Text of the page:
Photo: Steve Dykes (AP)

Iso-ball, for all its associations with acts of heroism in the clutch, is supposed to be a dicey proposition for the guy with the ball in his hands. Sure, it has created some cinematic shots throughout the years, but its defining trait is its inefficiency. Iso-ball is a tactic that’s more defined by contested, clanked jumpers than pure ones, and it’s a disease of the ego that teams and coaches have spent years trying to eradicate from the game as they sought out more efficient results.

None of these truths apply to the Houston Rockets, or more specifically, to James Harden. During last night’s 115-111 victory over the Blazers, Harden demonstrated all the ways in which he’s turned iso-ball into his personal torture device. He scored 42 points on 13-of-25 shooting, and he scored those points in some of the cruelest ways possible. The game unfolded as a series of discrete duels between Harden and whichever doomed Blazers defender had drawn the short straw on a particular possession. Harden would drag his man out to the perimeter while his teammates spread the floor, casually dribble the ball while the shot clock ticked down, and then unleash a crossover followed by a clear drive to the hoop or a step-back jumper that no defender without the benefit of a weapon could ever hope to stop.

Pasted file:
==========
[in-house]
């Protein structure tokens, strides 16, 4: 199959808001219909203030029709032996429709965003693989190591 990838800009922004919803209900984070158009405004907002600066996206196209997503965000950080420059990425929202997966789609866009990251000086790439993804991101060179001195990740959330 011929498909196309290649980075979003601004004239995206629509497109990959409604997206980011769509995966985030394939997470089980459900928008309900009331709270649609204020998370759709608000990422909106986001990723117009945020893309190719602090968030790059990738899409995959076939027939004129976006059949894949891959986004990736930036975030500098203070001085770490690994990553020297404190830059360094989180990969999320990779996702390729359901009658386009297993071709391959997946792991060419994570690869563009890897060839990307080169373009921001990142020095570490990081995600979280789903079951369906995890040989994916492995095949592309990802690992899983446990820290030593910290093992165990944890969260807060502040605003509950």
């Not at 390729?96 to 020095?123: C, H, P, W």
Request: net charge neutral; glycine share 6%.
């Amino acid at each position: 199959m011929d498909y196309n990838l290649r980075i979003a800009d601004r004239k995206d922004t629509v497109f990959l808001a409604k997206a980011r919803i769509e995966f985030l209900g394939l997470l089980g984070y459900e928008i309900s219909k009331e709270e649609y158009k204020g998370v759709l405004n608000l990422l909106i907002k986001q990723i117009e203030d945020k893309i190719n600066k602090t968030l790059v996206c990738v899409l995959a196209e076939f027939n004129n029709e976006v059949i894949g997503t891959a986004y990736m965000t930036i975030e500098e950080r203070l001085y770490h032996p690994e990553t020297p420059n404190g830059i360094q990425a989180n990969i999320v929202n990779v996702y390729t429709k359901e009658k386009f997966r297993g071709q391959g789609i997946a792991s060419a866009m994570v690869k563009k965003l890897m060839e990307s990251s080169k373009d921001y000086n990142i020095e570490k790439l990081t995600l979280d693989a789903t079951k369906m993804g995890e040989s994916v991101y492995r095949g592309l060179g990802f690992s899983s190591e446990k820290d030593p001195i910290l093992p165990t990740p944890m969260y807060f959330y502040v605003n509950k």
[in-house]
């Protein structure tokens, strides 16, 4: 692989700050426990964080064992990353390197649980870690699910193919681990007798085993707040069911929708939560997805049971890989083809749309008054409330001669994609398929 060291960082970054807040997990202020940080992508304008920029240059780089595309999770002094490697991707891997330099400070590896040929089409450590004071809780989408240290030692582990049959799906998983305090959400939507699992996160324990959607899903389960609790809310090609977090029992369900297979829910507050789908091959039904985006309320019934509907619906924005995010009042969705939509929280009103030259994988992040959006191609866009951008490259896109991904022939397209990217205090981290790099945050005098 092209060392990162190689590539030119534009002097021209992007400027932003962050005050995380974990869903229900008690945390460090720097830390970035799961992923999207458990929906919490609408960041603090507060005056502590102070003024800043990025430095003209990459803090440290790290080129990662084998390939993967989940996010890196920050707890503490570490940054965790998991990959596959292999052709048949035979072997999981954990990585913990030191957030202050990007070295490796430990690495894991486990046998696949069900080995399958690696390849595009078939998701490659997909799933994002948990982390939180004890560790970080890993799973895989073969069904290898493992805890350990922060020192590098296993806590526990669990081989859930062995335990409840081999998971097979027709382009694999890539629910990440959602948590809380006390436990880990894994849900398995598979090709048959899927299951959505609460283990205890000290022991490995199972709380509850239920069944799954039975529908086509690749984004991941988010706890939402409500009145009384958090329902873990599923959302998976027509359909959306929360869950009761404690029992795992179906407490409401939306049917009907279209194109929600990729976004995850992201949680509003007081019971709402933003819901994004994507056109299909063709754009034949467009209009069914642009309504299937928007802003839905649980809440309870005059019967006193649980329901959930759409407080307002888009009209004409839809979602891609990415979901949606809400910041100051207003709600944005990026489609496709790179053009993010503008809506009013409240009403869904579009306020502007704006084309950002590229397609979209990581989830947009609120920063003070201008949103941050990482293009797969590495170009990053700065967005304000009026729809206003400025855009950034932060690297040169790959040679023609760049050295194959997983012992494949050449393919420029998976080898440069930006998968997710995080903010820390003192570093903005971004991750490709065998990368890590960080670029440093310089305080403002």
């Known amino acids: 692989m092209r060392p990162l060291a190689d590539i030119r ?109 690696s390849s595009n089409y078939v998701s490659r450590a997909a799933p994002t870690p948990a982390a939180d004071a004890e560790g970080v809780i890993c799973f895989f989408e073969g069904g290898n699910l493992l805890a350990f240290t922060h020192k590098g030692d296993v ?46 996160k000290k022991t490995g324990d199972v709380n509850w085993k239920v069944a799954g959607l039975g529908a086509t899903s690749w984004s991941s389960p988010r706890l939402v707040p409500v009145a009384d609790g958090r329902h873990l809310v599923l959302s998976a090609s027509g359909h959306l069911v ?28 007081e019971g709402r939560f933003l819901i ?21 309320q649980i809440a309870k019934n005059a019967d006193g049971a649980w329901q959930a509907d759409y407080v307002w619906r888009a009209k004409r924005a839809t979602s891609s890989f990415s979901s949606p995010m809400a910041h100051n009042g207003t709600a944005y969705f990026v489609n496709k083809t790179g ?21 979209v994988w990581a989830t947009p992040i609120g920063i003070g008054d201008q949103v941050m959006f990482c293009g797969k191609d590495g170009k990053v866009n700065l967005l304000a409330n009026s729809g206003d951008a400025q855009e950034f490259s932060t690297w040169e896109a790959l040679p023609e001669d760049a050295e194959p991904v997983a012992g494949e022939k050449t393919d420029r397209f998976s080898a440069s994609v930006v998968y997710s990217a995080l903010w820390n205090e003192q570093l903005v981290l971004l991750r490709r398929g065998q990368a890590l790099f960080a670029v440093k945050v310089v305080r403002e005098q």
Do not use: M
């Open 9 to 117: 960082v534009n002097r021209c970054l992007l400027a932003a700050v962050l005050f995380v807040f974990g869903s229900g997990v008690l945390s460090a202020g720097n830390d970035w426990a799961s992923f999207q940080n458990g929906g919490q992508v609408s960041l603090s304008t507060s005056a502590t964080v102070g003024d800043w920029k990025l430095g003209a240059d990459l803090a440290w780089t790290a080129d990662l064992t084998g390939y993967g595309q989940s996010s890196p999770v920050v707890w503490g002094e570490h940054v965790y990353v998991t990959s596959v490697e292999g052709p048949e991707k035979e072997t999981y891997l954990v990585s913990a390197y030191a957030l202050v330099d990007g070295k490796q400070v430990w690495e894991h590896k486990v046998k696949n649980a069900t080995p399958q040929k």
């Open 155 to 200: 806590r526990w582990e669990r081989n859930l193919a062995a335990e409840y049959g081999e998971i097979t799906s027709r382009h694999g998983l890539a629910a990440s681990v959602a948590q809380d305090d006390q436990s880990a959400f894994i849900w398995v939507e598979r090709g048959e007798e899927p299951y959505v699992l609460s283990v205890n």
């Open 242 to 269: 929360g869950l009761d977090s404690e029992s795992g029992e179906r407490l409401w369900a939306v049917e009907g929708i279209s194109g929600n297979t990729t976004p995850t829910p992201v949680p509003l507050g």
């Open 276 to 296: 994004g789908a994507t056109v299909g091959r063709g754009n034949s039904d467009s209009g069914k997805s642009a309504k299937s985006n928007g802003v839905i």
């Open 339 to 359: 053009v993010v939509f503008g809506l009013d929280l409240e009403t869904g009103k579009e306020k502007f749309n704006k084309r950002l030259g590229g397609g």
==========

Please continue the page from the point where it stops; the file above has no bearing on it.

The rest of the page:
Harden made five of the seven threes he attempted, and each one served as the exclamation point on an unguardable step-back. It was some version of this, over and over again:

It’s been like this all year, of course. According to NBA.com, Harden uses 9.6 iso possessions per game, and scores 1.24 points per possession on those plays. That makes a James Harden isolation more efficient than most spot-up three pointers. 

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This all works because of Harden’s singular ability to manipulate defenders and exploit the tiniest pockets of space, and also because the Rockets have given him all the room he needs to operate. He routinely shares the floor with three or four shooters who stand as far away from him as possible. Their defenders can either stand there and watch as Harden puts one of their teammates in a slow cooker, or they can try to help out and leave a dead-eye shooter open for Harden to pass to. There’s really no good option here, as the Blazers found out last night. More often than not, James Harden is going to beat you, and he’s going to be really rude about it.